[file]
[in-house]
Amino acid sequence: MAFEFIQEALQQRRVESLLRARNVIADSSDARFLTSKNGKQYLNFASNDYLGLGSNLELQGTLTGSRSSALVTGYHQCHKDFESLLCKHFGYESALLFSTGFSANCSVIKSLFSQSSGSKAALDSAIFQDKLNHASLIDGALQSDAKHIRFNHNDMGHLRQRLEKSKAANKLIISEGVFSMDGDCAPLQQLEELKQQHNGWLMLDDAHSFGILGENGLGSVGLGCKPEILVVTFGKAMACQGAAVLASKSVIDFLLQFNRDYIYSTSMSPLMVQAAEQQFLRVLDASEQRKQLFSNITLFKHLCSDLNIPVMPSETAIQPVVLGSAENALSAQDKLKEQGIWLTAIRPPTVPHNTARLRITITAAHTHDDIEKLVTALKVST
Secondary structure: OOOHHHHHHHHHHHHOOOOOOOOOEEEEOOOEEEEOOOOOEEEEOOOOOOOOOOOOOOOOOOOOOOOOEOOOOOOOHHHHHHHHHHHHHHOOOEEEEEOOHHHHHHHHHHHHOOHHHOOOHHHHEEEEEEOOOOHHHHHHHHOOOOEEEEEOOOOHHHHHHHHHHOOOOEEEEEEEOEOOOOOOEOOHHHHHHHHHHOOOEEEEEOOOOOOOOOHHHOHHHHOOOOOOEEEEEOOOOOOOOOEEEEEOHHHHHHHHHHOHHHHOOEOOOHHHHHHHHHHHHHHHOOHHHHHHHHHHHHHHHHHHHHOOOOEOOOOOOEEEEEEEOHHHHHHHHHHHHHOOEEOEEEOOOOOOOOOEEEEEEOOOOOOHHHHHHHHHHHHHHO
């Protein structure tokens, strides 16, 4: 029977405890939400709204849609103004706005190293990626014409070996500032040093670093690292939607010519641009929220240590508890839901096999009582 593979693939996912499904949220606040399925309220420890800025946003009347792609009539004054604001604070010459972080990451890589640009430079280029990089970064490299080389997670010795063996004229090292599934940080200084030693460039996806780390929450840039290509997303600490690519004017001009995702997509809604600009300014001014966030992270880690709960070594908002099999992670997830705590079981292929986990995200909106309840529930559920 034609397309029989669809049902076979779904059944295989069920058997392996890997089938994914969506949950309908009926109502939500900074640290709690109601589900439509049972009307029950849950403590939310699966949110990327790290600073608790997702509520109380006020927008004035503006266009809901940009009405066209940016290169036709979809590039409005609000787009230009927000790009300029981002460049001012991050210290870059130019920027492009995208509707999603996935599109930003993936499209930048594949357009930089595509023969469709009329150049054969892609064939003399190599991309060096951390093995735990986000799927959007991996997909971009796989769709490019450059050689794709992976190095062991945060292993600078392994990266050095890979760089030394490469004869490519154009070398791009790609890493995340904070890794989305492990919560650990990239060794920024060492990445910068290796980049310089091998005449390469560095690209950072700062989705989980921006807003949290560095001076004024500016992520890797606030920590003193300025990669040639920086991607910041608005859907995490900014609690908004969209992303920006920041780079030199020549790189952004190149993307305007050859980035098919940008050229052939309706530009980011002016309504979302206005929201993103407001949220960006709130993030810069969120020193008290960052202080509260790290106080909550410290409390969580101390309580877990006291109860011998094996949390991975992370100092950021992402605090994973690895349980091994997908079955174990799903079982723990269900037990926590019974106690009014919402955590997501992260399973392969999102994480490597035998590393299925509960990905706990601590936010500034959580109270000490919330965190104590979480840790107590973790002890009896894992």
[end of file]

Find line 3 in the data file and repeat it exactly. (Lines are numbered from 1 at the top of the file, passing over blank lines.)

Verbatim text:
Secondary structure: OOOHHHHHHHHHHHHOOOOOOOOOEEEEOOOEEEEOOOOOEEEEOOOOOOOOOOOOOOOOOOOOOOOOEOOOOOOOHHHHHHHHHHHHHHOOOEEEEEOOHHHHHHHHHHHHOOHHHOOOHHHHEEEEEEOOOOHHHHHHHHOOOOEEEEEOOOOHHHHHHHHHHOOOOEEEEEEEOEOOOOOOEOOHHHHHHHHHHOOOEEEEEOOOOOOOOOHHHOHHHHOOOOOOEEEEEOOOOOOOOOEEEEEOHHHHHHHHHHOHHHHOOEOOOHHHHHHHHHHHHHHHOOHHHHHHHHHHHHHHHHHHHHOOOOEOOOOOOEEEEEEEOHHHHHHHHHHHHHOOEEOEEEOOOOOOOOOEEEEEEOOOOOOHHHHHHHHHHHHHHO